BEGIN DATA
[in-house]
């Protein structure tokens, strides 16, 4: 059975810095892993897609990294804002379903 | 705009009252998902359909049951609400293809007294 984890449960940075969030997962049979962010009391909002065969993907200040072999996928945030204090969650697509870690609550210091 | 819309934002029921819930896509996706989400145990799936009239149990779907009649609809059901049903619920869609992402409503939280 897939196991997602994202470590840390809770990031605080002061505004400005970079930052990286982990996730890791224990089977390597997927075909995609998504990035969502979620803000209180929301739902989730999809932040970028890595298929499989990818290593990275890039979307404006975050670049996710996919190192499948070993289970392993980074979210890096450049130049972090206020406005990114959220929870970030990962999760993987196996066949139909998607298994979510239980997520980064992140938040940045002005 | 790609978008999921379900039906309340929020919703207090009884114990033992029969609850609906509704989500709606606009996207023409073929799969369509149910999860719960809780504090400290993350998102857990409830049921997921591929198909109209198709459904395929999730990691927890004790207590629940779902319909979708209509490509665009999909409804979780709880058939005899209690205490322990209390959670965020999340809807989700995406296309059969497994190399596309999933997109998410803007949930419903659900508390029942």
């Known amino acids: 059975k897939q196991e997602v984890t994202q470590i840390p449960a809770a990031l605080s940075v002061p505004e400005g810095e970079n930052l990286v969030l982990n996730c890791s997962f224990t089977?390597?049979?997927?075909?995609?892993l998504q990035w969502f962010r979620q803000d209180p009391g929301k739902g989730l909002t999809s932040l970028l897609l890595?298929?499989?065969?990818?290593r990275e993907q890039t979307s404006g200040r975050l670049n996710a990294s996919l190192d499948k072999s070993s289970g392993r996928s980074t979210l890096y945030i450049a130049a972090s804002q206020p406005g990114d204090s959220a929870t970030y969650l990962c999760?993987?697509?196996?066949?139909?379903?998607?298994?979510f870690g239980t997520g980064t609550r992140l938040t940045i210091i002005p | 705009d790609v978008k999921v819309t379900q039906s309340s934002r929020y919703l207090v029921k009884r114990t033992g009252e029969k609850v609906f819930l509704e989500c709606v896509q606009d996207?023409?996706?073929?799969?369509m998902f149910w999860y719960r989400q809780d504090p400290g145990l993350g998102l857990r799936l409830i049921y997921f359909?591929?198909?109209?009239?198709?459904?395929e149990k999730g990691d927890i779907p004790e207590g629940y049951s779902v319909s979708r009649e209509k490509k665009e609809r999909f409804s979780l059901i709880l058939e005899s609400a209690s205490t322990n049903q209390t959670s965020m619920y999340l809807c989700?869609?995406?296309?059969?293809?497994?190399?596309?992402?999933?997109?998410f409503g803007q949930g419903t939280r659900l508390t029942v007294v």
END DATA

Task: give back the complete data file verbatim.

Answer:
[in-house]
């Protein structure tokens, strides 16, 4: 059975810095892993897609990294804002379903 | 705009009252998902359909049951609400293809007294 984890449960940075969030997962049979962010009391909002065969993907200040072999996928945030204090969650697509870690609550210091 | 819309934002029921819930896509996706989400145990799936009239149990779907009649609809059901049903619920869609992402409503939280 897939196991997602994202470590840390809770990031605080002061505004400005970079930052990286982990996730890791224990089977390597997927075909995609998504990035969502979620803000209180929301739902989730999809932040970028890595298929499989990818290593990275890039979307404006975050670049996710996919190192499948070993289970392993980074979210890096450049130049972090206020406005990114959220929870970030990962999760993987196996066949139909998607298994979510239980997520980064992140938040940045002005 | 790609978008999921379900039906309340929020919703207090009884114990033992029969609850609906509704989500709606606009996207023409073929799969369509149910999860719960809780504090400290993350998102857990409830049921997921591929198909109209198709459904395929999730990691927890004790207590629940779902319909979708209509490509665009999909409804979780709880058939005899209690205490322990209390959670965020999340809807989700995406296309059969497994190399596309999933997109998410803007949930419903659900508390029942």
């Known amino acids: 059975k897939q196991e997602v984890t994202q470590i840390p449960a809770a990031l605080s940075v002061p505004e400005g810095e970079n930052l990286v969030l982990n996730c890791s997962f224990t089977?390597?049979?997927?075909?995609?892993l998504q990035w969502f962010r979620q803000d209180p009391g929301k739902g989730l909002t999809s932040l970028l897609l890595?298929?499989?065969?990818?290593r990275e993907q890039t979307s404006g200040r975050l670049n996710a990294s996919l190192d499948k072999s070993s289970g392993r996928s980074t979210l890096y945030i450049a130049a972090s804002q206020p406005g990114d204090s959220a929870t970030y969650l990962c999760?993987?697509?196996?066949?139909?379903?998607?298994?979510f870690g239980t997520g980064t609550r992140l938040t940045i210091i002005p | 705009d790609v978008k999921v819309t379900q039906s309340s934002r929020y919703l207090v029921k009884r114990t033992g009252e029969k609850v609906f819930l509704e989500c709606v896509q606009d996207?023409?996706?073929?799969?369509m998902f149910w999860y719960r989400q809780d504090p400290g145990l993350g998102l857990r799936l409830i049921y997921f359909?591929?198909?109209?009239?198709?459904?395929e149990k999730g990691d927890i779907p004790e207590g629940y049951s779902v319909s979708r009649e209509k490509k665009e609809r999909f409804s979780l059901i709880l058939e005899s609400a209690s205490t322990n049903q209390t959670s965020m619920y999340l809807c989700?869609?995406?296309?059969?293809?497994?190399?596309?992402?999933?997109?998410f409503g803007q949930g419903t939280r659900l508390t029942v007294v």